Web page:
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Death Spiral: Obamacare Premiums Spiked by 27 Percent in 2018

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RHONA WISE/AFP/GETTY IMAGES

Obamacare average monthly premiums spiked by 27 percent in 2018, according to new data released by the Centers for Medicare and Medicaid Services (CMS).

On Monday, CMS released three reports that detail the current status of the Federal Obamacare and state-based exchanges, as well as the individual health insurance markets. In a press release, CMS suggests that “these reports show that state markets are increasingly failing to cover people who do not qualify for federal subsidies even as the Exchanges remain relatively stable.”

“Rising premiums have left unsubsidized people with poor health coverage options and dramatically increased the federal cost of premium subsidies,” CMS added.

CMS Administrator Seema Verma said in a press release on Monday:

As the Trump Administration took office, there were warning signs that we were dealing with a crisis in the individual health insurance market and Obamacare was failing its consumers. These reports show that the high price plans on the individual market are unaffordable and forcing unsubsidized middle-class consumers to drop coverage.

The CMS revealed that average monthly premiums for insurance plans purchased through Obamacare exchanges rose by 27 percent in 2018, even higher than 2017’s 21 percent rate hike. Average federal monthly premiums subsidies also rose by 39 percent in 2018, rising from $373 in 2017 to $520 in 2018. This increase in Obamacare subsidies will likely increase federal spending by roughly $17 billion in 2018.

The government agency also detailed how Americans who do not receive Obamacare subsidies continue to drop out of Obamacare. In plan year 2017, which began in November 2016, there was a 20 percent drop in Americans who enrolled in individual health insurance without Obamacare subsidies. By contrast, subsidized enrollment only dropped by 3 percent, or 223,000 people, in the same period.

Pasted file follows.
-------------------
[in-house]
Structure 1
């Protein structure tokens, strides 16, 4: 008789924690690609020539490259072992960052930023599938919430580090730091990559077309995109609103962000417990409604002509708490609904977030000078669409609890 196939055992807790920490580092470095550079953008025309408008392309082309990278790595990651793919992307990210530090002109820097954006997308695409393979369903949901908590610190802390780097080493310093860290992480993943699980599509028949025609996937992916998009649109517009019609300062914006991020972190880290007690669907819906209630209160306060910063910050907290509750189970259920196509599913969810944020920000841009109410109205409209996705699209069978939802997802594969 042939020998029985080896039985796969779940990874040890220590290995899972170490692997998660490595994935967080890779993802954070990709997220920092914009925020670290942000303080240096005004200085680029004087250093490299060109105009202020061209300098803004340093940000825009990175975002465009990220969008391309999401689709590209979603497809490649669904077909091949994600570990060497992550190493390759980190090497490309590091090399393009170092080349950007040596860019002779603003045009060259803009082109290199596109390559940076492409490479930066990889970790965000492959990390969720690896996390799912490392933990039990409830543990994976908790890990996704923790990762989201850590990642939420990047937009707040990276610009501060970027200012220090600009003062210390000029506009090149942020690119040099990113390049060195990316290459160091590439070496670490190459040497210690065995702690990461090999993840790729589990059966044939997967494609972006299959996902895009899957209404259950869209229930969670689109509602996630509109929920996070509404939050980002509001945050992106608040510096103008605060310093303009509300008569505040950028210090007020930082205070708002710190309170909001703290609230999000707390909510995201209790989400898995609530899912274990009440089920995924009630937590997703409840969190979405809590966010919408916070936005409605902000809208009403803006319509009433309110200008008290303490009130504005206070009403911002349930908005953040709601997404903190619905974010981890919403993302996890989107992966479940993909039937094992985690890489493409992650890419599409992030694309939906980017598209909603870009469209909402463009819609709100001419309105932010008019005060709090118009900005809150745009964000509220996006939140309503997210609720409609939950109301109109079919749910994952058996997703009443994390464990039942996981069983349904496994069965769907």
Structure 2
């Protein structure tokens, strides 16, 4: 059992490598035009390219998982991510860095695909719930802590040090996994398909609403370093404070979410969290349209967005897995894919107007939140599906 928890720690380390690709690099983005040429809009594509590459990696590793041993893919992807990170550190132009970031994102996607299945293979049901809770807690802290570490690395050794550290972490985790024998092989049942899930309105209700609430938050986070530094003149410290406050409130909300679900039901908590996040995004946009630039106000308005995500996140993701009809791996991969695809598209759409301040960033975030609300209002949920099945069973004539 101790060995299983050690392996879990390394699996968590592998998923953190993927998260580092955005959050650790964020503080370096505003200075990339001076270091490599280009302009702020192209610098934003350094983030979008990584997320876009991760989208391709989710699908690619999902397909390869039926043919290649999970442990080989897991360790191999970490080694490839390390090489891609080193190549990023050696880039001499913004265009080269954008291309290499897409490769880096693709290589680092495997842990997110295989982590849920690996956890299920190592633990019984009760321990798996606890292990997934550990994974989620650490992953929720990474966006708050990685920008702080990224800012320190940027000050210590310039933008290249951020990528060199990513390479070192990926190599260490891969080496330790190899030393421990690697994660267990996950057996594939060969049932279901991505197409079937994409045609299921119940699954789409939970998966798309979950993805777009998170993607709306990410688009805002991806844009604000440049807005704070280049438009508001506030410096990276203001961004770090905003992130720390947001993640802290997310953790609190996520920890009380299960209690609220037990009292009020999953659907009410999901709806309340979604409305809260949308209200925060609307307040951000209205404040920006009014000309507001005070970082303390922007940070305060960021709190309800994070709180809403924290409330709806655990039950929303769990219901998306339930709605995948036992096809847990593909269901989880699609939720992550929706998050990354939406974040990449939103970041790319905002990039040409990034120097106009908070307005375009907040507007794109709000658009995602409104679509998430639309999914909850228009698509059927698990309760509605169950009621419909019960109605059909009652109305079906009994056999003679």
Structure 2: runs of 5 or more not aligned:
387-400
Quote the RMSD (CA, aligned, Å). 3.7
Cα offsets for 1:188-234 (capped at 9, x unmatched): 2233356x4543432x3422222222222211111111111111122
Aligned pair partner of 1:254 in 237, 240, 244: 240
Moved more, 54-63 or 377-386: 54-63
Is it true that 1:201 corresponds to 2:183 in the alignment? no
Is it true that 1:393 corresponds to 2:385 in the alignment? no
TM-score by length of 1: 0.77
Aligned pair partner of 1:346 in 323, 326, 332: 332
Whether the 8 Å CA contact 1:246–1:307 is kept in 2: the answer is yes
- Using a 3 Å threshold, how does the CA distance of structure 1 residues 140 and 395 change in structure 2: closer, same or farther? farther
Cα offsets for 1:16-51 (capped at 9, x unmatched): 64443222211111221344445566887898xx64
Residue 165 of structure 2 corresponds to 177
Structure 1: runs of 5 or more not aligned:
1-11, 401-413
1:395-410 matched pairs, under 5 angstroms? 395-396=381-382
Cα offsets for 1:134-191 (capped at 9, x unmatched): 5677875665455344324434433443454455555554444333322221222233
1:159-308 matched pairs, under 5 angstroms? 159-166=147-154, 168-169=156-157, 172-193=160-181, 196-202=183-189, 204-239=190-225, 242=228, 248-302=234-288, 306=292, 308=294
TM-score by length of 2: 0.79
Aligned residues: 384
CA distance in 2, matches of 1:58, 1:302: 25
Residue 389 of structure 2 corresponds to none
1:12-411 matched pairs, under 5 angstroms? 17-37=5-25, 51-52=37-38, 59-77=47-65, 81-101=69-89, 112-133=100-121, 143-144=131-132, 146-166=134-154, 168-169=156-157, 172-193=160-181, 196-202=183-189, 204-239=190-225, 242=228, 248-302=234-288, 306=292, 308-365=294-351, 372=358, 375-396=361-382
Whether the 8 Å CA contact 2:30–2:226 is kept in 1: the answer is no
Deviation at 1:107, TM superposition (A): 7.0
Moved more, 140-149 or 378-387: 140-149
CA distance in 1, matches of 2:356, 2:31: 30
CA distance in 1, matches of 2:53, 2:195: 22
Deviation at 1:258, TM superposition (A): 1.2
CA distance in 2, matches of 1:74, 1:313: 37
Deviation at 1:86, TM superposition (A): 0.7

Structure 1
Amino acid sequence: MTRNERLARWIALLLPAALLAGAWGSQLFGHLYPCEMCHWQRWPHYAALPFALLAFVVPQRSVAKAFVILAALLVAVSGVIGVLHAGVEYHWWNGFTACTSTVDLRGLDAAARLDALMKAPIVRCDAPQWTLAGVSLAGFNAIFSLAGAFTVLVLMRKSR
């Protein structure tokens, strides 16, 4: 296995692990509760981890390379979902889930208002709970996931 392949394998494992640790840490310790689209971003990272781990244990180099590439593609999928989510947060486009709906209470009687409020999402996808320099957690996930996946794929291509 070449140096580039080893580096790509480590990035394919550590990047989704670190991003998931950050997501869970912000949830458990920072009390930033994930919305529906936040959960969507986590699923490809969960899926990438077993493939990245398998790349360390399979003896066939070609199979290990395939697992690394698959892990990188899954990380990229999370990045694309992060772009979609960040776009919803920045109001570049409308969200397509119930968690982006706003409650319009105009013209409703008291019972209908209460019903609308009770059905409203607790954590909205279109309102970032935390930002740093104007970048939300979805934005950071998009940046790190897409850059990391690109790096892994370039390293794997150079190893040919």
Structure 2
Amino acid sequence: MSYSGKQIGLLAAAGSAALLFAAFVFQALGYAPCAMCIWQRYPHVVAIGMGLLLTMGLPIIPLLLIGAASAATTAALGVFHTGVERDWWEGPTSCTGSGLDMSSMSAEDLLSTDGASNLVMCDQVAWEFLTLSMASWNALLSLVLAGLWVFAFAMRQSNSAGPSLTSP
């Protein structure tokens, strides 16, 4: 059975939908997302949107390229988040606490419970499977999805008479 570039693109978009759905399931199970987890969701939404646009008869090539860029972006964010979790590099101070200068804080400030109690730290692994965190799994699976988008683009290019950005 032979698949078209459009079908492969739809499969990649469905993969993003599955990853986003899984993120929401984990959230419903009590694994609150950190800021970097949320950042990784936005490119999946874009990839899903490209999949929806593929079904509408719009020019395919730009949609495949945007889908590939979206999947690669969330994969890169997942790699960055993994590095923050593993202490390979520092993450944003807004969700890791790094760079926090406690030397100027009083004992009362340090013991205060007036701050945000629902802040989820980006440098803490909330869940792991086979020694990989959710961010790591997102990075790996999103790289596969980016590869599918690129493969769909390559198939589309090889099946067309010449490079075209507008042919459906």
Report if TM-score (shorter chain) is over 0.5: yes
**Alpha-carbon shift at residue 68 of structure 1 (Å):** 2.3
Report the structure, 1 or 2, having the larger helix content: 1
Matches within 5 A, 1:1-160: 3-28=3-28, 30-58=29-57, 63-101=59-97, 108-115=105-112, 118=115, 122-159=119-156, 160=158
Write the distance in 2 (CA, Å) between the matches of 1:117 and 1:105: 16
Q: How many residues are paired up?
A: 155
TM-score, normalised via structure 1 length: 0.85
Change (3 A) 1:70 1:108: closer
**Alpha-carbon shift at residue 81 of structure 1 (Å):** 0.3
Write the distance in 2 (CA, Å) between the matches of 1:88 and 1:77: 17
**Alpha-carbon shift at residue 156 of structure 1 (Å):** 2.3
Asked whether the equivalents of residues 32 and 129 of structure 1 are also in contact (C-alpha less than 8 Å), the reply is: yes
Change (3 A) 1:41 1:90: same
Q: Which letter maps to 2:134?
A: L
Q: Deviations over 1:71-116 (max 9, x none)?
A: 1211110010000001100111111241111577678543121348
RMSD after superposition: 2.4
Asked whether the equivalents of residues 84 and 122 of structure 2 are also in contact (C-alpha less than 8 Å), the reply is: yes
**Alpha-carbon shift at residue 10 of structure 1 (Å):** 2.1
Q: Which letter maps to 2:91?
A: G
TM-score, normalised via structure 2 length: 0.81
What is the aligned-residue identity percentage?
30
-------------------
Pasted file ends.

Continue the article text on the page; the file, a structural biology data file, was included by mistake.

During this 2017 plan year, monthly average premiums for Obamacare rose by 21 percent.

The CMS noted that many state individual health insurance markets entered a death spiral in the plan year 2017, with unsubsidized enrollment dropping by more than a third in 14 states, particularly in Arizona which experienced a 73 percent decline.

Meanwhile, President Donald Trump has taken executive action to offer Americans more affordable options compared to the crumbling Obamacare. Trump signed an executive order last October which expanded Association Health Plans (AHPs) as well as short-term limited-duration health plans.

Sen. Rand Paul (R-KY) lauded the expansion of AHPs as the “biggest free-market health care reform in a generation.”

The AHP rule allows for small businesses, and industries to band together offer Americans cheaper health insurance options. The Congressional Budget Office (CBO) estimated that roughly 400,000 previously uninsured Americans will obtain health insurance under AHPs, while an Avalere Health study found that 3.2 million Americans will leave Obamacare for AHPs.

The study also revealed that Americans would experience drastically lower health premiums through AHPs compared to Obamacare.

AHPs would be roughly $2,900 lower per year compared to the small-group market and $9,700 lower per year compared to the individual market.

Avalere cites that the lower average premiums in AHPs mostly result from a healthier insurance pool due to “risk selection” and less generous offerings.

Cato Institute health scholar Michael Cannon suggested that short-term health plans cost 90 percent less than Obamacare plans.

“This will cost the United States government virtually nothing and will provide people great, great health care,” President Trump said in October.

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